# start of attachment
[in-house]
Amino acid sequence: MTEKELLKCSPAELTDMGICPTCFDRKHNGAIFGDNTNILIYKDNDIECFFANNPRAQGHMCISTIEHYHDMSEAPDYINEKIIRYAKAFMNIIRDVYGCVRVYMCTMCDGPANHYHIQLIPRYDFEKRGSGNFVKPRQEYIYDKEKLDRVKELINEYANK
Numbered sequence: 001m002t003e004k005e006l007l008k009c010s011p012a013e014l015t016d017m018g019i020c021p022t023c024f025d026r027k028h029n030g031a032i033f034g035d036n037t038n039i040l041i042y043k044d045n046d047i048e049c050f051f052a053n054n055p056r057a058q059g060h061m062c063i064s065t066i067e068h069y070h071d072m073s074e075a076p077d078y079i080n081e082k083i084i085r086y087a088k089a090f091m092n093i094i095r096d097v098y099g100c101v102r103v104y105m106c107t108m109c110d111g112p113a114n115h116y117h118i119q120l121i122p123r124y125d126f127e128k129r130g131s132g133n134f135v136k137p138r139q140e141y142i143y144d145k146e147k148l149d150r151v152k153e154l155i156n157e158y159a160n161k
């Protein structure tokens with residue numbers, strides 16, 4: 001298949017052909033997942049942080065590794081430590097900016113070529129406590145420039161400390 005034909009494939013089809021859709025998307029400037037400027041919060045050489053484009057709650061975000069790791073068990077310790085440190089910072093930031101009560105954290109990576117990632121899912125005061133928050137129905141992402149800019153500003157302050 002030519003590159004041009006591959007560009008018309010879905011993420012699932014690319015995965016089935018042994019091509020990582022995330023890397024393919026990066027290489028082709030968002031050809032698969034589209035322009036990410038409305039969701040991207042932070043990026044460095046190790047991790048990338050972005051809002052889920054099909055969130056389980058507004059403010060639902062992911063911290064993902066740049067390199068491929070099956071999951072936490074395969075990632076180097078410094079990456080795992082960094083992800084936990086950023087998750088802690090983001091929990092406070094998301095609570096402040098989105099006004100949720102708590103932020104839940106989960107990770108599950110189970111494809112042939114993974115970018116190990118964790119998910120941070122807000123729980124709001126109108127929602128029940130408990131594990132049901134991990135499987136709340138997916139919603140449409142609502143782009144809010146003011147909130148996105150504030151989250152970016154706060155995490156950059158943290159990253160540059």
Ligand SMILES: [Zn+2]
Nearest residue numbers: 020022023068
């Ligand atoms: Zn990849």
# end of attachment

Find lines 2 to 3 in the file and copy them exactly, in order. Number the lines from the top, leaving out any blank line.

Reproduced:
Amino acid sequence: MTEKELLKCSPAELTDMGICPTCFDRKHNGAIFGDNTNILIYKDNDIECFFANNPRAQGHMCISTIEHYHDMSEAPDYINEKIIRYAKAFMNIIRDVYGCVRVYMCTMCDGPANHYHIQLIPRYDFEKRGSGNFVKPRQEYIYDKEKLDRVKELINEYANK
Numbered sequence: 001m002t003e004k005e006l007l008k009c010s011p012a013e014l015t016d017m018g019i020c021p022t023c024f025d026r027k028h029n030g031a032i033f034g035d036n037t038n039i040l041i042y043k044d045n046d047i048e049c050f051f052a053n054n055p056r057a058q059g060h061m062c063i064s065t066i067e068h069y070h071d072m073s074e075a076p077d078y079i080n081e082k083i084i085r086y087a088k089a090f091m092n093i094i095r096d097v098y099g100c101v102r103v104y105m106c107t108m109c110d111g112p113a114n115h116y117h118i119q120l121i122p123r124y125d126f127e128k129r130g131s132g133n134f135v136k137p138r139q140e141y142i143y144d145k146e147k148l149d150r151v152k153e154l155i156n157e158y159a160n161k